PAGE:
On Wednesday David Cameron will have been Prime Minister for 100 days. On behalf of the Sun newspaper, we asked the public how they thought the government had done so far. 43% think the Coalition Government has performed better than the last government, 26% worse. David Cameron's own net approval rating stands at +20, George Osborne +7 and Nick Clegg +5. These are significantly more positive than that of the Government as a whole, whose net approval rating only just sneaks into positive territory on +1.
The majority of the public has confidence in the Government’s ability to run the economy (55%) and there is widespread confidence in its ability to cut the deficit (62%). However, the public are generally pessimistic about its ability to deliver in other areas – less than half have confidence in its ability to improve the NHS (32%)and schools (32%), cut crime (33%) or immigration (39%) and to protect the country against terrorism (42%).
Asked about some of the specific policies the Government has introduced or announced during its time in office, the most popular were aiming to withdraw troops from Afghanistan by 2015 (80%), limiting housing benefit (72%), cutting the number of MPs (77%) and protecting NHS spending (79%). The least popular were the increase in VAT (supported by only 22%) and the free schools policy (supported by 37%).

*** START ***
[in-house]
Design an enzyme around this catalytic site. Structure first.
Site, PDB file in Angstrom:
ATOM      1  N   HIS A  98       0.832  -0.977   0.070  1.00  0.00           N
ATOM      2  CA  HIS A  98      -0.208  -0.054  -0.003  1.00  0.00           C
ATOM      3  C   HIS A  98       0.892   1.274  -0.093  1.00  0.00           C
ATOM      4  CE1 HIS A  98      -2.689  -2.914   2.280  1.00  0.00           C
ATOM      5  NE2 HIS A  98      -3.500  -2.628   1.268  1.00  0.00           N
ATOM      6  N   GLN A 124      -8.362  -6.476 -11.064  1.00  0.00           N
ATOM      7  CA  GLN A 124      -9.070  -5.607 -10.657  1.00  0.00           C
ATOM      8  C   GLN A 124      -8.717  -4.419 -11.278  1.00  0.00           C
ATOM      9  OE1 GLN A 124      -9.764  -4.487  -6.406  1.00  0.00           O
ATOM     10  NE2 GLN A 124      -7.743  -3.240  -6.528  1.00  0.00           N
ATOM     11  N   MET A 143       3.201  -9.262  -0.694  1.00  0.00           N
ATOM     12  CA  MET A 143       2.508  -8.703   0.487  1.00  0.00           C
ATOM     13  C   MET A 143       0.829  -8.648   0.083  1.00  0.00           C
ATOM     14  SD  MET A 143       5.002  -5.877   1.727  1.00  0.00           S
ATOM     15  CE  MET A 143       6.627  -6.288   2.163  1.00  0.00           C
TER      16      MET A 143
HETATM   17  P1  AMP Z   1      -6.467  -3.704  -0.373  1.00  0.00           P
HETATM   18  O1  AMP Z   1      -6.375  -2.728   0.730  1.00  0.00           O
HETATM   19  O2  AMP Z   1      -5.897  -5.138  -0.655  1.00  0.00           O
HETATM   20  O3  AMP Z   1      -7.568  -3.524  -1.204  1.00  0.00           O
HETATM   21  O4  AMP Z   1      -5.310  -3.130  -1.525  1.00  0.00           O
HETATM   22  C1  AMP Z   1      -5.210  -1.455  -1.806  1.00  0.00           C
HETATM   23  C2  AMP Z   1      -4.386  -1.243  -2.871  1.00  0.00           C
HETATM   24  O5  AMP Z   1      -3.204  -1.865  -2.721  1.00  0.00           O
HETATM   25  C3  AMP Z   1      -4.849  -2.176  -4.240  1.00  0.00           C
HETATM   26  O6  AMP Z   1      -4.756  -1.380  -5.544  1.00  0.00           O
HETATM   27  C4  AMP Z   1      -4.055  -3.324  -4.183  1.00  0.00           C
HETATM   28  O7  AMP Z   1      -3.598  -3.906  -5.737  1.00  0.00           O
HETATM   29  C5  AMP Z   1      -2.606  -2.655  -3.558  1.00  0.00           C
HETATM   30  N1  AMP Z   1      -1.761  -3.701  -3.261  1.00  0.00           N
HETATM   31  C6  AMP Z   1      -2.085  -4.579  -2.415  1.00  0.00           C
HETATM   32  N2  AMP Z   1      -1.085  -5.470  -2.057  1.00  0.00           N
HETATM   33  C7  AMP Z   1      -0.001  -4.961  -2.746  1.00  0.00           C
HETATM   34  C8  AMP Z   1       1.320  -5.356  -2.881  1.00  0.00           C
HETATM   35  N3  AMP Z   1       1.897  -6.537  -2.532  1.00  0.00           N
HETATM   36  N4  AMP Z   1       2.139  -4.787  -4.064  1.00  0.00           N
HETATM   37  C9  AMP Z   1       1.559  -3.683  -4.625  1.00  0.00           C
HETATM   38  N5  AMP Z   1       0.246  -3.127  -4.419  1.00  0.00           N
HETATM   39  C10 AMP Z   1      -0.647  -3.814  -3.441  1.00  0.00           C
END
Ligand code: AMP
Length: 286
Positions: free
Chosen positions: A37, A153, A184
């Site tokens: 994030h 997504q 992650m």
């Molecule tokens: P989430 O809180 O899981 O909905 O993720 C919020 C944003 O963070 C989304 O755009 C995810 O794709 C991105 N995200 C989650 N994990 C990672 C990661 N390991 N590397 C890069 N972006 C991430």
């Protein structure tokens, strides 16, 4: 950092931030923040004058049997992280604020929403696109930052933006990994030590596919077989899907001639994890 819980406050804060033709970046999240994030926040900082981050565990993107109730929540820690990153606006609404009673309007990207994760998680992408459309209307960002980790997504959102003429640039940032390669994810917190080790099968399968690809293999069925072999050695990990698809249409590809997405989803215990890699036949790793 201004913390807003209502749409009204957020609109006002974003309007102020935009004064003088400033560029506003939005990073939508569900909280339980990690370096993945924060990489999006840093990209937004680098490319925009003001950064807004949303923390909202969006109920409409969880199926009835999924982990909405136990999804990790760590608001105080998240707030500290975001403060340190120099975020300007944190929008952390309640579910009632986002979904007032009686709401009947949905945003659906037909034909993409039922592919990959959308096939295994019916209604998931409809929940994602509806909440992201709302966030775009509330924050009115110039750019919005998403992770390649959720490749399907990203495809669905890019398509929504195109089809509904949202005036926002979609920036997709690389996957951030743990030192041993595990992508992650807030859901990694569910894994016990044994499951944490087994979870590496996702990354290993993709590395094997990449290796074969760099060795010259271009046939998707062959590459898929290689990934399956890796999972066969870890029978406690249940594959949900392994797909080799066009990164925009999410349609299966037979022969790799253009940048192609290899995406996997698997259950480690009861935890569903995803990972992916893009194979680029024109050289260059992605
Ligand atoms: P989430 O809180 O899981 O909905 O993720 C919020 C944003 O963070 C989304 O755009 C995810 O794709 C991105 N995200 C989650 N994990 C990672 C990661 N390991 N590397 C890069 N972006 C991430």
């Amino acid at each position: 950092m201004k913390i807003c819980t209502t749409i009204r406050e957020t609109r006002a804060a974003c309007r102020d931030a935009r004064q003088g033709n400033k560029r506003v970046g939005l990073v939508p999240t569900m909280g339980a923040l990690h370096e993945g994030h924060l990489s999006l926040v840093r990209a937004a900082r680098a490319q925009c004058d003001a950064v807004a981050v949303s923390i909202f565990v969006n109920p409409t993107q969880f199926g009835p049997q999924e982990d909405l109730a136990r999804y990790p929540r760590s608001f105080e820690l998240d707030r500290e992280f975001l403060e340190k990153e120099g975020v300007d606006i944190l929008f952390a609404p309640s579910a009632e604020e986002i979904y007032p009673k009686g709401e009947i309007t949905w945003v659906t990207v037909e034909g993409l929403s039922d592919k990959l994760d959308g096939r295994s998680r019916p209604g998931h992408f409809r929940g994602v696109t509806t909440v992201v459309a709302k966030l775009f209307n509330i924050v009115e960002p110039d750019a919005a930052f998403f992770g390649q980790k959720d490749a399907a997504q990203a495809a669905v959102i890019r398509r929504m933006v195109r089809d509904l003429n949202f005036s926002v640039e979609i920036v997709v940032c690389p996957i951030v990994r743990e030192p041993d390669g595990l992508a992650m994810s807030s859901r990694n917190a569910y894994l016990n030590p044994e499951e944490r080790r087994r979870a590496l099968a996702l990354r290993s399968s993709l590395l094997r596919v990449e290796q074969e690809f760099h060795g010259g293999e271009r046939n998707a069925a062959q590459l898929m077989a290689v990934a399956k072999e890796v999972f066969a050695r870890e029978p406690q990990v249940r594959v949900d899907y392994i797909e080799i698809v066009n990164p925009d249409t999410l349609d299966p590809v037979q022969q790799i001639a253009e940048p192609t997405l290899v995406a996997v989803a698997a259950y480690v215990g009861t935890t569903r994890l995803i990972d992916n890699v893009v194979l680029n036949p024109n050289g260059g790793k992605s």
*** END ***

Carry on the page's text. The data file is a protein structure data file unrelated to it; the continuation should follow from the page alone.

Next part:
Opinions on the Lib Dems are rather mixed. 55% think they have moderated the Government and made it more centrist, and 60% think going into the Coalition was the responsible thing for the Lib Dems to do given the economic crisis. However, 59% think it involved selling out their principles, and 62% agree with the statement that it is no longer clear what the Liberal Democrats stand for (including 38% of their own supporters). 34% of people think that the government would have been worse had the Conservatives been in power alone, compared to 23% who think it would have been better.
The public still don’t expect the Coalition to last the distance. Only 14% expect it to last more than four years, 47% expect it to last less than two years. Asked what they expect the result of the next election to be, 40% expect the Conservatives to retain power (27% outright and 13% in a coalition), compared to 28% who think Labour will win (21% outright, and 7% in coalition).
One of things that may put pressure on the coalition in the months ahead is the AV referendum. In the same poll we asked our regular question on how people would vote in the referendum – 37% would vote yes, 38% would vote no. This question has bounced about a bit from poll to poll, but it is the first time we have recorded the NO camp in the lead and suggests there is a downwards trend in support for AV. Labour voters, who our polls initially showed supporting AV, now back First Past the Post by 46% to 34%.